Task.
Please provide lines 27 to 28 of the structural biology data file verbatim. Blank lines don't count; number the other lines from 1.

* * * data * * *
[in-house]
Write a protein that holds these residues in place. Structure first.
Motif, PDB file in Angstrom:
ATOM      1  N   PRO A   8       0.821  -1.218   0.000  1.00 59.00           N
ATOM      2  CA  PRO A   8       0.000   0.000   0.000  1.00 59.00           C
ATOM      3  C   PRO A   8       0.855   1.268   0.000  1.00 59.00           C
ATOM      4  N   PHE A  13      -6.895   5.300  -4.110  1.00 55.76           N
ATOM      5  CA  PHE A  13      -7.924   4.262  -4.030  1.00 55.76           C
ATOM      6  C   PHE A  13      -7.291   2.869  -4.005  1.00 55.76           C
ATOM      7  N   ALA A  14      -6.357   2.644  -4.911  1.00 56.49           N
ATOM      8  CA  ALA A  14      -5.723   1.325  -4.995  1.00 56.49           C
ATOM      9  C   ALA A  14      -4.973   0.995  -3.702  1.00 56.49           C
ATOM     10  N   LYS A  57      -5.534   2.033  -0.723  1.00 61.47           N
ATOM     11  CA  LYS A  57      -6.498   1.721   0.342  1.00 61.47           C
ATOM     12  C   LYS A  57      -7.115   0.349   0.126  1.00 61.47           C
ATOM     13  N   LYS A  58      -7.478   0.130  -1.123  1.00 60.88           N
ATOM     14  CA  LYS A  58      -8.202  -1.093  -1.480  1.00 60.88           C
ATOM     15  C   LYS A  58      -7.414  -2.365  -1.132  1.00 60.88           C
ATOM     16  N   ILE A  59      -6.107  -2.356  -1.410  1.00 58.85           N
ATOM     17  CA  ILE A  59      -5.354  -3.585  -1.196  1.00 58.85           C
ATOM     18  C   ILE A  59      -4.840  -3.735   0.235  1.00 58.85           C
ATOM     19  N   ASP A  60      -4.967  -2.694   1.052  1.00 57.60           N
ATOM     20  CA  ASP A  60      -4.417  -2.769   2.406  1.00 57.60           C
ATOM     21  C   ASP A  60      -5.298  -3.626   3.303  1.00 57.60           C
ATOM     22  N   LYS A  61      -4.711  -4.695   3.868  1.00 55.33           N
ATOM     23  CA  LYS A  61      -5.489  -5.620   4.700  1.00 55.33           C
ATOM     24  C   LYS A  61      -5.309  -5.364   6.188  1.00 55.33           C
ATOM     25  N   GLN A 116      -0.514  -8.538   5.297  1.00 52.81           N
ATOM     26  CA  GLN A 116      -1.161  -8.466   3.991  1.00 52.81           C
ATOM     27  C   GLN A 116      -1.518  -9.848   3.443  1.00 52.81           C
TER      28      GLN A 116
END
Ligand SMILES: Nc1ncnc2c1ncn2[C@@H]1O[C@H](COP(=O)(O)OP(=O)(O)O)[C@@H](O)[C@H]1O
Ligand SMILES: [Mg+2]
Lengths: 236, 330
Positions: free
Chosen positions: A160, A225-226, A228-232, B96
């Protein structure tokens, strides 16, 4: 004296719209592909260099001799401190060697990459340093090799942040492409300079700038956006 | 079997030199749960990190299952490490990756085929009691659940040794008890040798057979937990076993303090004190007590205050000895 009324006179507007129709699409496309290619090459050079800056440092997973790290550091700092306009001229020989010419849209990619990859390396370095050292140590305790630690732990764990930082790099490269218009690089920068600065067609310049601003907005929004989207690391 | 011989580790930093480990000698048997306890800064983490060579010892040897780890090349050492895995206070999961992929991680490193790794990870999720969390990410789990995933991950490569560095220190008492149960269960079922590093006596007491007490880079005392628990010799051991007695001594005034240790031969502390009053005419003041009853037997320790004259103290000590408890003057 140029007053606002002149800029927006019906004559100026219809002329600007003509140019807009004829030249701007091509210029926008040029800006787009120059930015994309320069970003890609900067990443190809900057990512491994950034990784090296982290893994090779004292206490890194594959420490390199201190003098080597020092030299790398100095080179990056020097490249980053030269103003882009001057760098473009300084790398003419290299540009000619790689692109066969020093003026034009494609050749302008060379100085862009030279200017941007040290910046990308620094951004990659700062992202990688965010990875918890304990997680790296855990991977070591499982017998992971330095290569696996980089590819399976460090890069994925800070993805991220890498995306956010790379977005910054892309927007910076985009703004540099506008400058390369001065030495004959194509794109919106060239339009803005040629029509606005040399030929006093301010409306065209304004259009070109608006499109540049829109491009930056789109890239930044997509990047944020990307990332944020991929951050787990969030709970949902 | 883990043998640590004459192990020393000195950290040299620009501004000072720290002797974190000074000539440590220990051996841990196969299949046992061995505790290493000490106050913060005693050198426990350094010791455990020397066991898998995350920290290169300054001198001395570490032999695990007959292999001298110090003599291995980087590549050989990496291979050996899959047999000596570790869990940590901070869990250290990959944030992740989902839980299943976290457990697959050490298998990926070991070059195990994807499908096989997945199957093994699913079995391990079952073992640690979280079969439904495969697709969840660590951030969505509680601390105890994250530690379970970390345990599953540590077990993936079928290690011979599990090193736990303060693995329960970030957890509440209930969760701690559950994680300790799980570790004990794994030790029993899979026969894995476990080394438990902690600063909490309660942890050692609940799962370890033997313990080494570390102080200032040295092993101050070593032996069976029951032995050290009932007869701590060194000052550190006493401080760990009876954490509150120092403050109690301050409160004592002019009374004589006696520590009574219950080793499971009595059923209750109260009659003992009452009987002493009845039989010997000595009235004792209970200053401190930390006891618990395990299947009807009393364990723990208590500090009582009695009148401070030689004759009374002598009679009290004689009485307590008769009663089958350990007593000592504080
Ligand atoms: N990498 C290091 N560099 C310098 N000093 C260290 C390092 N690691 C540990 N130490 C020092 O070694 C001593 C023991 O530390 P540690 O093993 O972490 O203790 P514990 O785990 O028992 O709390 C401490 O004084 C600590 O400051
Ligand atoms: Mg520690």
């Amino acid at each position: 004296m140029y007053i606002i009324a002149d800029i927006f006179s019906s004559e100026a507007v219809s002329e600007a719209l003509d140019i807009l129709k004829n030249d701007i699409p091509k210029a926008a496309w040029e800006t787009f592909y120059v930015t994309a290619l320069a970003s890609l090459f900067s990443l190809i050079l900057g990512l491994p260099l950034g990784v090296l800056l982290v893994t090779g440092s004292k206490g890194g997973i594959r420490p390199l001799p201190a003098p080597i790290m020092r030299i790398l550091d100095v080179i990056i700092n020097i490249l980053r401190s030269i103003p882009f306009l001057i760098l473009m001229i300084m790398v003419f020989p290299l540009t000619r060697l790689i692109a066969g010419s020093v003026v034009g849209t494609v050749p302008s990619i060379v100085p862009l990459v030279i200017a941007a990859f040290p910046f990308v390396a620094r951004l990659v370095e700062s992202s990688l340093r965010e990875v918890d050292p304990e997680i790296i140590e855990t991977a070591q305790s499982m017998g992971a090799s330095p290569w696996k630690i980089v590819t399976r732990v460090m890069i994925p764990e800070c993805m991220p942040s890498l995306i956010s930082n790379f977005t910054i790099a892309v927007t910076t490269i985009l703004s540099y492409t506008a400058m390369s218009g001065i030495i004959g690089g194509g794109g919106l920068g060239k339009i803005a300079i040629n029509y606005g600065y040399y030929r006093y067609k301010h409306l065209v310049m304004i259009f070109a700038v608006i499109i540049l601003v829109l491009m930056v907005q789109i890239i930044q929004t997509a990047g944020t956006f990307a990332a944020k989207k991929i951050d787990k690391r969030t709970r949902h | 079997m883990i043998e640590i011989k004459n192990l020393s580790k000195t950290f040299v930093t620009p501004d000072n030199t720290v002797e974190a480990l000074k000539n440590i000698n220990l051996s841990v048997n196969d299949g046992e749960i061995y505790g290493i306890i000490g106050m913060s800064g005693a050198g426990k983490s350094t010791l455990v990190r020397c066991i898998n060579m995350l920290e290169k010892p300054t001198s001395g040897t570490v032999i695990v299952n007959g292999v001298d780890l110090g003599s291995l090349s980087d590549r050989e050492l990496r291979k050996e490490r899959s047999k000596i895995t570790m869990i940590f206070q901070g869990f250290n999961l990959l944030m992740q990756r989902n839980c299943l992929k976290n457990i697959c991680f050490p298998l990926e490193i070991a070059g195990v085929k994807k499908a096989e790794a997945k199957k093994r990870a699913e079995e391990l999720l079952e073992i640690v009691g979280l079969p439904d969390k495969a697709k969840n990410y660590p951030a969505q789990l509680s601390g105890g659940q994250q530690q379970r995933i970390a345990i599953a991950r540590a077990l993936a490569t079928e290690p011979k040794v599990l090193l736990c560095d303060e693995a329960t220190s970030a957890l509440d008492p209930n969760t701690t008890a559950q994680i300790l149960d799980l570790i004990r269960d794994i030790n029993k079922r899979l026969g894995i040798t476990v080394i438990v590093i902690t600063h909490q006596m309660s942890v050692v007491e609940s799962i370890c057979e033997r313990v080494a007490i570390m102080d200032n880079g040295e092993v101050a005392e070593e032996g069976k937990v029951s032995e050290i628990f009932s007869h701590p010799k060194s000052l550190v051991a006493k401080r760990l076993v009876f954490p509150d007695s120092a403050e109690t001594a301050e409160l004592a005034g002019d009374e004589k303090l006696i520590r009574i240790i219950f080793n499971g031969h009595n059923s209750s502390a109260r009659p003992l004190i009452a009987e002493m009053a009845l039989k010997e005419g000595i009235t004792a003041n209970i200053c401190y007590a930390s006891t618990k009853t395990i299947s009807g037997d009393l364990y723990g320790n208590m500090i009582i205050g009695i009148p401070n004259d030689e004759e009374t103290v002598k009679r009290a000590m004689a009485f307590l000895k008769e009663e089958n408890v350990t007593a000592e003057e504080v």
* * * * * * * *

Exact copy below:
ATOM     24  C   LYS A  61      -5.309  -5.364   6.188  1.00 55.33           C
ATOM     25  N   GLN A 116      -0.514  -8.538   5.297  1.00 52.81           N